Guthrie Theater: Love it or hate it?

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Well, it’s been around long enough now for most of us to form an opinion, reconsider that opinion and perhaps, form a new opinion.

When the Jean Nouvel-designed building opened last year, here’s what Nicolai Ouroussoff of the New York Times wrote: “The new Guthrie Theater in Minneapolis should offer comfort to those who miss the 1980’s Nouvel. Rising at the edge of the Mississippi, its confident forms are rooted in a vision of a muscular industrial America, and its structural bravura will certainly please the techno-fetishists. As a thoughtful response to the American city’s evolving role as a haven for cultural tourism, it also coaxes new meaning out of a haggard landscape.”

For links and more, go directly to Building Minnesota, Todd Melby’s personal blog.

In his recently released book, AIA Guide to the Twin Cities, Larry Millett had this to say: “Large, dark, and rather mysterious, this new riverfront landmark is like a play full of wonderful moments that doesn’t quite achieve its full dramatic potential.”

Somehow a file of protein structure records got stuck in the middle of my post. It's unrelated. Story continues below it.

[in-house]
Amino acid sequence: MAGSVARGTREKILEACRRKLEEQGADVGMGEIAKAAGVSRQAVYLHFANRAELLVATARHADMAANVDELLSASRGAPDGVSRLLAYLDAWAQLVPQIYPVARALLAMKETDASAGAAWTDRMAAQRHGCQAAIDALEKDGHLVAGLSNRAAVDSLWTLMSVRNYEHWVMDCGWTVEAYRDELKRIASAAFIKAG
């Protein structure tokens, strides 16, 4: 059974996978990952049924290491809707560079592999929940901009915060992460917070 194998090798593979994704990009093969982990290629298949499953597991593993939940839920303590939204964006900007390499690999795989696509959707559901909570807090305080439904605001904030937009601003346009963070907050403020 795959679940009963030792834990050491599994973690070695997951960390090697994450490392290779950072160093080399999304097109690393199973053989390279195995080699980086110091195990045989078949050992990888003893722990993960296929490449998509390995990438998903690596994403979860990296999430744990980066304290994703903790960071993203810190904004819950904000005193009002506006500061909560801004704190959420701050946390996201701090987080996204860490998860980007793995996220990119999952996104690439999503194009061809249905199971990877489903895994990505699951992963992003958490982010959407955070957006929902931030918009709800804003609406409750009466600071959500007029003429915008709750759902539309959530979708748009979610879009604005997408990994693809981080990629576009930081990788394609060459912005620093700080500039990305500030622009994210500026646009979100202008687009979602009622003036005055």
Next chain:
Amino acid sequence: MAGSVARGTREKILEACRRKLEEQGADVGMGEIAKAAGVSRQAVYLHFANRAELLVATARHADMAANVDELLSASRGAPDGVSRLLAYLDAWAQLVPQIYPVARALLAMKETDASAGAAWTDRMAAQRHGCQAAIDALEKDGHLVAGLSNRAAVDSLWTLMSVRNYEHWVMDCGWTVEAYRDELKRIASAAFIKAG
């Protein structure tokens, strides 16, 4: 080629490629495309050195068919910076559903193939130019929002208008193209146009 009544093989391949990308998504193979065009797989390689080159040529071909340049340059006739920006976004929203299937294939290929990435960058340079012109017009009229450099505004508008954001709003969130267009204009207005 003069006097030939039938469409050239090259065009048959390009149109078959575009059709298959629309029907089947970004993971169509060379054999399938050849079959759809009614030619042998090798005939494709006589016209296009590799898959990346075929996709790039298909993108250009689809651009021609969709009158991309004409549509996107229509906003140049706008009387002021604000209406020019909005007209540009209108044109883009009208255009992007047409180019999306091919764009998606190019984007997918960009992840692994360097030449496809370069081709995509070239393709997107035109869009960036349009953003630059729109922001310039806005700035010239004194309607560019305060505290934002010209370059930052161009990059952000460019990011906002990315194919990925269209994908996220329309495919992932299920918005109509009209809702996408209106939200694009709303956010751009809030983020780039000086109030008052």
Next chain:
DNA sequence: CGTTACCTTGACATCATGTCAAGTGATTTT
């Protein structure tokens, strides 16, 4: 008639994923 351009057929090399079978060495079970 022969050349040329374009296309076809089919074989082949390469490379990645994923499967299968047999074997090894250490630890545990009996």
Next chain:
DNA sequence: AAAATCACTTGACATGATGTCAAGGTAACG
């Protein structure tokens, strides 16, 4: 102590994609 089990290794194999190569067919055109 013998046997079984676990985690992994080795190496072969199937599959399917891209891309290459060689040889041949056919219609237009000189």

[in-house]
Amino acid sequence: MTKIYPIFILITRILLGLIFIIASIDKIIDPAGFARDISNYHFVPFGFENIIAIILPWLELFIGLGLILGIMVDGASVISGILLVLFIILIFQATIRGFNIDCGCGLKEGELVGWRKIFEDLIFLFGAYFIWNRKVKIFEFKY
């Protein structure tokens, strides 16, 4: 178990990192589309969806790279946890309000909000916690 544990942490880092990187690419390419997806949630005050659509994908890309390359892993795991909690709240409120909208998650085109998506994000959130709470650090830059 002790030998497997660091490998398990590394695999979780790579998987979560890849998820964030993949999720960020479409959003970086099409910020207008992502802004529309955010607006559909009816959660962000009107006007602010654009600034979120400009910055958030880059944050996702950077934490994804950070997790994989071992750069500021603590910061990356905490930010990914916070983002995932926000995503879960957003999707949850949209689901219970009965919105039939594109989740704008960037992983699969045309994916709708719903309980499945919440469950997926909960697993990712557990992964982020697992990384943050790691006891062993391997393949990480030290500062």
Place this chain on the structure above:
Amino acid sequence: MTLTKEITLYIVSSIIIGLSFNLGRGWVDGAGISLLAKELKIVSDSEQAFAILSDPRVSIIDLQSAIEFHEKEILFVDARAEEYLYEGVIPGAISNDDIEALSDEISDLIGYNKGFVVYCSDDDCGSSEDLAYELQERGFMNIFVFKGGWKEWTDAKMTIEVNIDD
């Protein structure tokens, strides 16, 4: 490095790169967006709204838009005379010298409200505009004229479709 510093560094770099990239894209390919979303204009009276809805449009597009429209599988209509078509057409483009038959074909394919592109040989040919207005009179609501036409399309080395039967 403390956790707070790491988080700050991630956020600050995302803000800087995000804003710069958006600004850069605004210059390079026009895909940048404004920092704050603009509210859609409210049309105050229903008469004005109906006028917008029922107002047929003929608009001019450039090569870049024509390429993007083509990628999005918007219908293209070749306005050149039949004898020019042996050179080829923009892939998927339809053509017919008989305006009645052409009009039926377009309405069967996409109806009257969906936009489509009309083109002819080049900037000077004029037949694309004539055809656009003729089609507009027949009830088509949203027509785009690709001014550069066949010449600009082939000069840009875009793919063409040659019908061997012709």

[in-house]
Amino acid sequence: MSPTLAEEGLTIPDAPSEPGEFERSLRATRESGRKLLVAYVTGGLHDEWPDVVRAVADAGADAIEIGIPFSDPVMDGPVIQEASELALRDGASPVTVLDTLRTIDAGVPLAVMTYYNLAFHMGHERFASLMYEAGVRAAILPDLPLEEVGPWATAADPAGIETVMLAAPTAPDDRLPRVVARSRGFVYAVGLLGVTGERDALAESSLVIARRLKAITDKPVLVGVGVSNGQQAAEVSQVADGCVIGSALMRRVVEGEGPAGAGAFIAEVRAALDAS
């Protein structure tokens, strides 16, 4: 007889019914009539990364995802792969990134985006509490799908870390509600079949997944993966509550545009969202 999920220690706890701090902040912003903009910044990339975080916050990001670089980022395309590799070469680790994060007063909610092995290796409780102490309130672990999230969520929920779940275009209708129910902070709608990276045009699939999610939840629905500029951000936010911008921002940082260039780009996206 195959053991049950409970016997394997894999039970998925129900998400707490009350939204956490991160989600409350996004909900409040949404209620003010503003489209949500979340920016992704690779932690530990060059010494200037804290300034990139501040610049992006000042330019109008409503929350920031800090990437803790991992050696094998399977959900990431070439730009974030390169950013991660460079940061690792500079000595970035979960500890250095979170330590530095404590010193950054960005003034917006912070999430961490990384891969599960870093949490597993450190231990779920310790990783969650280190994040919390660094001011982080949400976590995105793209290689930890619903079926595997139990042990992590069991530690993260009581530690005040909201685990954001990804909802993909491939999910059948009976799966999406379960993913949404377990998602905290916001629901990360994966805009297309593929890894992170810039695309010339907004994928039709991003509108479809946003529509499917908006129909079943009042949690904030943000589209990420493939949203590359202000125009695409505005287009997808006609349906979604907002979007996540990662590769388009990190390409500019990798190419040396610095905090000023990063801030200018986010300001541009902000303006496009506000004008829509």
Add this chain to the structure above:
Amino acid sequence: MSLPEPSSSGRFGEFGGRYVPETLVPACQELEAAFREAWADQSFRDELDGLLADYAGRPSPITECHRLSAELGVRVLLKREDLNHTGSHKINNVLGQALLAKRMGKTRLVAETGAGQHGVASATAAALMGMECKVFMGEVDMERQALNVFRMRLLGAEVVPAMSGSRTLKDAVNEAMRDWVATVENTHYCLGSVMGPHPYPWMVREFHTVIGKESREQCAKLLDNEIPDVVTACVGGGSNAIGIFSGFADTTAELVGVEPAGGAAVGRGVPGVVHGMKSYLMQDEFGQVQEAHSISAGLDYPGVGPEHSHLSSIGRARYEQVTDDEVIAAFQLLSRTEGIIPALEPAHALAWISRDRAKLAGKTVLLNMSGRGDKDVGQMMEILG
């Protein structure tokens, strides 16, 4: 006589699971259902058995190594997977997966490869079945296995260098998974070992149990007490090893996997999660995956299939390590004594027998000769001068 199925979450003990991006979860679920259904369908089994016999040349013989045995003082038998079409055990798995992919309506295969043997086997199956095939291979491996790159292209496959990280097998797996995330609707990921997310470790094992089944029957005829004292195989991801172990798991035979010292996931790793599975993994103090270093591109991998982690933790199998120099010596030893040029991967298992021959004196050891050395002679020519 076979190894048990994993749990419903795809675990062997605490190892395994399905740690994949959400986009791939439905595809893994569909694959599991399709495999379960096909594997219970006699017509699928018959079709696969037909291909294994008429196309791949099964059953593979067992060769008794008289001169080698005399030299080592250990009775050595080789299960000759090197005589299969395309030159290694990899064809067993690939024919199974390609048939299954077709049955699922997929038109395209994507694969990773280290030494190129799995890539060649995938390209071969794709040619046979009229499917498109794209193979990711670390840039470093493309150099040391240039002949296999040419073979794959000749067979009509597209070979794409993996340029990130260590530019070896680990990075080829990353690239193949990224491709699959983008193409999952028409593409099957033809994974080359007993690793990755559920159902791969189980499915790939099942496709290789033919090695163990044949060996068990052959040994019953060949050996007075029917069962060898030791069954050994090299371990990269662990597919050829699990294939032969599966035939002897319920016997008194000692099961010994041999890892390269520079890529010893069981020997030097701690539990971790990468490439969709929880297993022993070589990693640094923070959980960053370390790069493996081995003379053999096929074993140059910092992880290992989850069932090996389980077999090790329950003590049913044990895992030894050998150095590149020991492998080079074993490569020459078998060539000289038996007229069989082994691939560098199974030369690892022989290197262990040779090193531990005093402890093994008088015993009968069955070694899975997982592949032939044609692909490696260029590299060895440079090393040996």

Adds Millett, “The new Guthrie … conveys a sense of mass and power, so much so that you could [imagine] real electricity , as opposed to the theatrical kind, being generated here.”

Terry Teachout, Wall Street Journal and Arts Journal theater critic, complained about getting lost on his first trip to the new building: “I’m not an architecture critic, but I do spend a lot of time in theater lobbies, and this one didn’t do a thing for me: The low-ceilinged public areas are dark, oppressive and laid out with irksome illogic. Rarely can there have been a theater whose interior was less well suited to the purpose of making its occupants feel festive and expectant. The process of getting from the street to the Wurtele Thrust Stage, the largest of the three performance spaces, is so protracted — not to mention confusing — that I briefly had trouble focusing on the revival of Neil Simon’s ‘Lost in Yonkers’ that had lured me to town.”

A friend of mine couldn’t agree more with Teachout. He likens the whole Guthrie experience to walking through an airline terminal. Long escalator rides. Blaring directions from loudspeakers. A sense of unease.

So, what do you think? Is the Guthrie an inviting place to see theater? How does the design enhance or detract from the experience? Other thoughts?